What are the criteria for high-risk progression?

FAQ Library published on August 9, 2017
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Philip L. McCarthy, MD
Professor of Oncology
Director, Blood and Marrow Transplant Program
Roswell Park Cancer Institute
Buffalo, New York

Welcome to Managing Myeloma. I am Dr. Philip McCarthy. I am frequently asked, “What are the criteria for high-risk progression?” This is a two-fold question, with both issues relating to high-risk disease. In other words, what patients are going to likely have their disease come back early? As a correlate (they do not always go together), what patients will have a very fulminant or aggressive relapse?

First, which patients will relapse earlier? This question is a little easier. We are now able to begin to risk stratify based on LDH and degree of disease involvement by ISS; in other words, ISS staging by beta-2 microglobulin and albumin level. We have patients who have very high beta-2 microglobulin; those are considered ISS-3. In the past, we thought of these patients as very high-risk disease, but now, we can incorporate the LDH as well as karyotypic abnormalities, which allow us to be able to risk-stratify chromosome 14 and 17 abnormalities, which are considered high risk. We are better able to stratify patients from diagnosis concerning their prognosis, and this allows us to monitor patients carefully and also to develop newer strategies for long-term disease control.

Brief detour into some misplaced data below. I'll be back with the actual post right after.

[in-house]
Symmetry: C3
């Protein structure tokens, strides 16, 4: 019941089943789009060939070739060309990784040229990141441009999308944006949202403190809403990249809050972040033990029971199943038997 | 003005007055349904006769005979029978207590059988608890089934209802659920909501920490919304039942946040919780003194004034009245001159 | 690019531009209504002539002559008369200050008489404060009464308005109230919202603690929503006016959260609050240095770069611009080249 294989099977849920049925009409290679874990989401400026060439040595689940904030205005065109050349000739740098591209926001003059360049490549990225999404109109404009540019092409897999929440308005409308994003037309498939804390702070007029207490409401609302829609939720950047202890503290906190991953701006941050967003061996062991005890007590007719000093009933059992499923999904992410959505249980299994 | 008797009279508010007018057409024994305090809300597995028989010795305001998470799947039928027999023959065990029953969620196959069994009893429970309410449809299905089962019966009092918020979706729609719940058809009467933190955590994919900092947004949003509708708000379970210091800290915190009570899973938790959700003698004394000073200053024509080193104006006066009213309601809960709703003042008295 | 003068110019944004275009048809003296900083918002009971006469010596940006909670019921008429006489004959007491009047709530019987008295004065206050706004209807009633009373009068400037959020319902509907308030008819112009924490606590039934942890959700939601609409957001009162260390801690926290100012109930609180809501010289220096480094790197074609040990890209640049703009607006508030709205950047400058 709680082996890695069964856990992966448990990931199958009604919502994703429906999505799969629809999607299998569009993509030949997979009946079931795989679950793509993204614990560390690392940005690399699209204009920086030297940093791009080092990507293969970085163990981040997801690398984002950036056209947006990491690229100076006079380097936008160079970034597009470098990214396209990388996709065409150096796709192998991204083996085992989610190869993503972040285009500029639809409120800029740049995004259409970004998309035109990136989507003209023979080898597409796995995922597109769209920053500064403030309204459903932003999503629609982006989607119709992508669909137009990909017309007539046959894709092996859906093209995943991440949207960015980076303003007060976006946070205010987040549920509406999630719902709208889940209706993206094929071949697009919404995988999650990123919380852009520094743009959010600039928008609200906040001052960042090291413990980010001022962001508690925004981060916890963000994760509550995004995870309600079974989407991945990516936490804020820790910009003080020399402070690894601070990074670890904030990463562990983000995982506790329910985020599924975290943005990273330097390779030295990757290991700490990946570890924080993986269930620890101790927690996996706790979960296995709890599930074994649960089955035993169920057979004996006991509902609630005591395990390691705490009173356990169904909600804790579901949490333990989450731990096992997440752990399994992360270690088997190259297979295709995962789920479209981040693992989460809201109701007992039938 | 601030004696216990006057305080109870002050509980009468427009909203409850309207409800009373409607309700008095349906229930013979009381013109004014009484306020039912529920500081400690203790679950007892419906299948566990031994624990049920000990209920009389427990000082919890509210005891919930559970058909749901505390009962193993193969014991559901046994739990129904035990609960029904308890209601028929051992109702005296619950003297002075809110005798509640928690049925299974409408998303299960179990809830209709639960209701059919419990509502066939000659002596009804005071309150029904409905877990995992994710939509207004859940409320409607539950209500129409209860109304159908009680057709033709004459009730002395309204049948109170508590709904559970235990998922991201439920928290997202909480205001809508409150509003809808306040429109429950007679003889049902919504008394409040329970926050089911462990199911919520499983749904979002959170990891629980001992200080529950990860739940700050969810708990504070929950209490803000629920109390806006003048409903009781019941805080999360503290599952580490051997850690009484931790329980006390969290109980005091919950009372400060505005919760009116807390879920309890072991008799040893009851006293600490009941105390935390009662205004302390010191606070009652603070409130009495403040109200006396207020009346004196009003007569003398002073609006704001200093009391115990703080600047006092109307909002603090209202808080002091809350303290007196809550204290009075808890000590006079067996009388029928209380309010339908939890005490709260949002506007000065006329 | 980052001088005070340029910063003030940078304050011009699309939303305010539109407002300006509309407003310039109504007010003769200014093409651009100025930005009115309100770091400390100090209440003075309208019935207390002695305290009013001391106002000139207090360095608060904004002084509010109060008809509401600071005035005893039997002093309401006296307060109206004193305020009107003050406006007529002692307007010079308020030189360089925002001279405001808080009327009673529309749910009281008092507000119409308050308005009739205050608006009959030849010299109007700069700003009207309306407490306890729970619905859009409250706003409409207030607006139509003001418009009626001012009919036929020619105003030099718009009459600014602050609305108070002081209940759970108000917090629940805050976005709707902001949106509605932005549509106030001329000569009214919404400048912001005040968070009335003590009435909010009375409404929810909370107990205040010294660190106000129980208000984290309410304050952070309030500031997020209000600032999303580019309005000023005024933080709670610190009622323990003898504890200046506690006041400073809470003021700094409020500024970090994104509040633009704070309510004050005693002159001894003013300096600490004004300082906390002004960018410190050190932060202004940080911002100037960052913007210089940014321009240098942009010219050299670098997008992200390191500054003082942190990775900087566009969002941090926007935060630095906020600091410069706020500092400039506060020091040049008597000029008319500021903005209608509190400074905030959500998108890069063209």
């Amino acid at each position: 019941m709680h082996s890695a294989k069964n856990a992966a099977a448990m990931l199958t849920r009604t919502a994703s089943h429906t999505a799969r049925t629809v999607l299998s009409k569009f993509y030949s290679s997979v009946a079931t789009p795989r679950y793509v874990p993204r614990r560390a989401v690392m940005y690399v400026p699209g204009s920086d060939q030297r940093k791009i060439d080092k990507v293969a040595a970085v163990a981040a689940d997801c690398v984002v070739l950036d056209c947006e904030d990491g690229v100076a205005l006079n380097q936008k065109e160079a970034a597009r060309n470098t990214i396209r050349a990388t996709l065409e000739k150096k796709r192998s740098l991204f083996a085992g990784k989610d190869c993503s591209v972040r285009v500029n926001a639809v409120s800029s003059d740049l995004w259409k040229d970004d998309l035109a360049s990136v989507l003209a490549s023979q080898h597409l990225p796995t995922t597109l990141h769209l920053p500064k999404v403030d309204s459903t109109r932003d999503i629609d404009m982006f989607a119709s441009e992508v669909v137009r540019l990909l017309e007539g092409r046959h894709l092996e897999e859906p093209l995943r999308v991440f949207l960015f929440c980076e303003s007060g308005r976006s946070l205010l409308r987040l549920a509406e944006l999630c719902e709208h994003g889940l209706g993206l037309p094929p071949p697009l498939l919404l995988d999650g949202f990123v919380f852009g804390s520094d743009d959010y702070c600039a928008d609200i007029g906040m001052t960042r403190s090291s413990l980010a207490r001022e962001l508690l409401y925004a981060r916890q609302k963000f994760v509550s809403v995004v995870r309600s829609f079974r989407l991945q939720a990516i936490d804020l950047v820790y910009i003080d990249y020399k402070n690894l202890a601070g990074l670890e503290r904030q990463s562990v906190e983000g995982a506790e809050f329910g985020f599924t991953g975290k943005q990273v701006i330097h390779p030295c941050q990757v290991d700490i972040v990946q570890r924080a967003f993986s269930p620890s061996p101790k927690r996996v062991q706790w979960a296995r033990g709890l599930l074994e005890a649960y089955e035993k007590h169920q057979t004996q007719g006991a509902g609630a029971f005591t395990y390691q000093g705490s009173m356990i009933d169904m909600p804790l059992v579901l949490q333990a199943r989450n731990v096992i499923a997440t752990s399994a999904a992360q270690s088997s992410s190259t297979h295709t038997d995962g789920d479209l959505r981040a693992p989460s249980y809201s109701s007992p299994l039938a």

Now, fulminant relapse is a more difficult: which patients will have an aggressive relapse? If a patient is not monitored carefully ─ in other words, they are not seen every 3 to 4 months ─ they are not having testing done and we don’t see them for a year. When they come back with high bulk disease, this is primarily because they were not monitored carefully. Alternatively, some patients who have high-risk disease will present with a slow relapse, but they will present early after induction therapy, and other patients will have high-risk progression; in other words, high-volume disease because they had high-risk features and sometimes they just were not monitored.

As such, high-risk progression is a two-fold situation: we want to make sure the patient is being properly monitored, as well as being appropriately staged and risk stratified at the time of diagnosis.

Last modified: June 13, 2017
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